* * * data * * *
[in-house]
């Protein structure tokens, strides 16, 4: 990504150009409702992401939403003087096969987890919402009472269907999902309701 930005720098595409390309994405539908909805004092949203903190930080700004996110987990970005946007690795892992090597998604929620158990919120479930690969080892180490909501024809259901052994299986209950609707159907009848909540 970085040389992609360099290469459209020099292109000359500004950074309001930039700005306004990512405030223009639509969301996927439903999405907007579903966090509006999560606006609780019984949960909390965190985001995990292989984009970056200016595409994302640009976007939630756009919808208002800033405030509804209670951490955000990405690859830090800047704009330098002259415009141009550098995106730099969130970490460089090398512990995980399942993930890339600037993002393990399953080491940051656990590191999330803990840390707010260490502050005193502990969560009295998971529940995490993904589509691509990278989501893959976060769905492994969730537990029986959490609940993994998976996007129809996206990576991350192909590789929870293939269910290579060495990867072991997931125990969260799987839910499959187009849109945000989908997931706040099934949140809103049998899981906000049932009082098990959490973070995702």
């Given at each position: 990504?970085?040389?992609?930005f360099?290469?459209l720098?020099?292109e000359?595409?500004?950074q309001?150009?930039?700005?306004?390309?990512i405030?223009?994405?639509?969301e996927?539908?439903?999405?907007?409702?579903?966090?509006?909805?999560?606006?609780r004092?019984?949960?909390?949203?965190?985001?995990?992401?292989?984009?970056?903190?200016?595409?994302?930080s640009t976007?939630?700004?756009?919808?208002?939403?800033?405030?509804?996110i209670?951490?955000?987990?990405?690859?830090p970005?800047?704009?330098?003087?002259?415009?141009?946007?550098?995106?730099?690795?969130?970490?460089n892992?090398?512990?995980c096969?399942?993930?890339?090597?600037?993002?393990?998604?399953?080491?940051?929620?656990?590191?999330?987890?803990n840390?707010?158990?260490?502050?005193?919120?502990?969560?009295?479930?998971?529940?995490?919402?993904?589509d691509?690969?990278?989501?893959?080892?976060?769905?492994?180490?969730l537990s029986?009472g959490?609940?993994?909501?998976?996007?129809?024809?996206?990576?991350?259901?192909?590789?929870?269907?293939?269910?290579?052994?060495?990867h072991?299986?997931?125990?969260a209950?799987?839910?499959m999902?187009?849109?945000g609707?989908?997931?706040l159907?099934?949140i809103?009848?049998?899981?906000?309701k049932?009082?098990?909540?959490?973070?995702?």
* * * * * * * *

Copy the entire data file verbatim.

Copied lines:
[in-house]
């Protein structure tokens, strides 16, 4: 990504150009409702992401939403003087096969987890919402009472269907999902309701 930005720098595409390309994405539908909805004092949203903190930080700004996110987990970005946007690795892992090597998604929620158990919120479930690969080892180490909501024809259901052994299986209950609707159907009848909540 970085040389992609360099290469459209020099292109000359500004950074309001930039700005306004990512405030223009639509969301996927439903999405907007579903966090509006999560606006609780019984949960909390965190985001995990292989984009970056200016595409994302640009976007939630756009919808208002800033405030509804209670951490955000990405690859830090800047704009330098002259415009141009550098995106730099969130970490460089090398512990995980399942993930890339600037993002393990399953080491940051656990590191999330803990840390707010260490502050005193502990969560009295998971529940995490993904589509691509990278989501893959976060769905492994969730537990029986959490609940993994998976996007129809996206990576991350192909590789929870293939269910290579060495990867072991997931125990969260799987839910499959187009849109945000989908997931706040099934949140809103049998899981906000049932009082098990959490973070995702």
């Given at each position: 990504?970085?040389?992609?930005f360099?290469?459209l720098?020099?292109e000359?595409?500004?950074q309001?150009?930039?700005?306004?390309?990512i405030?223009?994405?639509?969301e996927?539908?439903?999405?907007?409702?579903?966090?509006?909805?999560?606006?609780r004092?019984?949960?909390?949203?965190?985001?995990?992401?292989?984009?970056?903190?200016?595409?994302?930080s640009t976007?939630?700004?756009?919808?208002?939403?800033?405030?509804?996110i209670?951490?955000?987990?990405?690859?830090p970005?800047?704009?330098?003087?002259?415009?141009?946007?550098?995106?730099?690795?969130?970490?460089n892992?090398?512990?995980c096969?399942?993930?890339?090597?600037?993002?393990?998604?399953?080491?940051?929620?656990?590191?999330?987890?803990n840390?707010?158990?260490?502050?005193?919120?502990?969560?009295?479930?998971?529940?995490?919402?993904?589509d691509?690969?990278?989501?893959?080892?976060?769905?492994?180490?969730l537990s029986?009472g959490?609940?993994?909501?998976?996007?129809?024809?996206?990576?991350?259901?192909?590789?929870?269907?293939?269910?290579?052994?060495?990867h072991?299986?997931?125990?969260a209950?799987?839910?499959m999902?187009?849109?945000g609707?989908?997931?706040l159907?099934?949140i809103?009848?049998?899981?906000?309701k049932?009082?098990?909540?959490?973070?995702?």